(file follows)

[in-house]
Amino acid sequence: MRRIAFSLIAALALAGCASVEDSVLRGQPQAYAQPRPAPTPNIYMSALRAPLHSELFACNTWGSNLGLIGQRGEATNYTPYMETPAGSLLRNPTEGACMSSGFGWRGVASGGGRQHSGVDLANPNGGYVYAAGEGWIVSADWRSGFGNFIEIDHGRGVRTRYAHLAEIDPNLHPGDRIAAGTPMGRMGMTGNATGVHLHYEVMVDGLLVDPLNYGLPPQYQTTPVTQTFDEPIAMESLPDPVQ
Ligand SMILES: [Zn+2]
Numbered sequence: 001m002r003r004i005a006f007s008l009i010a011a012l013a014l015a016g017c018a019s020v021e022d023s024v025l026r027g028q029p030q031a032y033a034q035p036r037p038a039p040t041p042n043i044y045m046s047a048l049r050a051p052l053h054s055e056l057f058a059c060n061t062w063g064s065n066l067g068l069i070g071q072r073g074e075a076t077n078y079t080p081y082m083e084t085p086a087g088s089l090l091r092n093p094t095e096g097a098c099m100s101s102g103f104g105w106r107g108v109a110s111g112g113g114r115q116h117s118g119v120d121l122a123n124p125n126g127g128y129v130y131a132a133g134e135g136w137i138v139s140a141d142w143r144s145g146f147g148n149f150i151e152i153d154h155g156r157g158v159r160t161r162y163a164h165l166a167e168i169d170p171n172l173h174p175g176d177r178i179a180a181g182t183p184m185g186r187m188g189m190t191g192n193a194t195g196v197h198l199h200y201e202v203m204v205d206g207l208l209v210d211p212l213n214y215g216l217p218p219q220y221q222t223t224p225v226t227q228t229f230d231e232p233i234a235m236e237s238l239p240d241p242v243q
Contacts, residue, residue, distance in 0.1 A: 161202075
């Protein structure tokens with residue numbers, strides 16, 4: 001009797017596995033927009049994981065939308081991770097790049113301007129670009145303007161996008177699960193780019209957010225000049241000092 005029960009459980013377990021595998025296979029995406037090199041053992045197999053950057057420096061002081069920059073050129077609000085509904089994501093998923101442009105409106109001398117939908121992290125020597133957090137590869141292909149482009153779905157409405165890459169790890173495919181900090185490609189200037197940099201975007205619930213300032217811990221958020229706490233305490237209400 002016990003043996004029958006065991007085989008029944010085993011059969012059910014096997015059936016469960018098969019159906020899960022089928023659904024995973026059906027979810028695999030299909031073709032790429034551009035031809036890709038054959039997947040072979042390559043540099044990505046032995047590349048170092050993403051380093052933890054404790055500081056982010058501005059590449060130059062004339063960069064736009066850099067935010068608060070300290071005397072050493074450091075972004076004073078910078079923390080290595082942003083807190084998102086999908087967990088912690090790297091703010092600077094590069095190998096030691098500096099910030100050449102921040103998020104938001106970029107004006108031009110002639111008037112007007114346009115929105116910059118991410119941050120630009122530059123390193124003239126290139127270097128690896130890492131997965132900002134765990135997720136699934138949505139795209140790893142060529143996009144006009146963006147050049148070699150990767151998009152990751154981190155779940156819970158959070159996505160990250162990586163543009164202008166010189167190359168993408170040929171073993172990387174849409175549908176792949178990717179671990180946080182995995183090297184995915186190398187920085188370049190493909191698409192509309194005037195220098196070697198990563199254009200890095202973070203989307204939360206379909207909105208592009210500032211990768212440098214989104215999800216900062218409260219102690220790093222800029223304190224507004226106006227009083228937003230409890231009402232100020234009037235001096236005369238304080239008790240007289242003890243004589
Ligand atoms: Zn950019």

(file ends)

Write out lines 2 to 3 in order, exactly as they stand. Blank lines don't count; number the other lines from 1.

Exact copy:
Amino acid sequence: MRRIAFSLIAALALAGCASVEDSVLRGQPQAYAQPRPAPTPNIYMSALRAPLHSELFACNTWGSNLGLIGQRGEATNYTPYMETPAGSLLRNPTEGACMSSGFGWRGVASGGGRQHSGVDLANPNGGYVYAAGEGWIVSADWRSGFGNFIEIDHGRGVRTRYAHLAEIDPNLHPGDRIAAGTPMGRMGMTGNATGVHLHYEVMVDGLLVDPLNYGLPPQYQTTPVTQTFDEPIAMESLPDPVQ
Ligand SMILES: [Zn+2]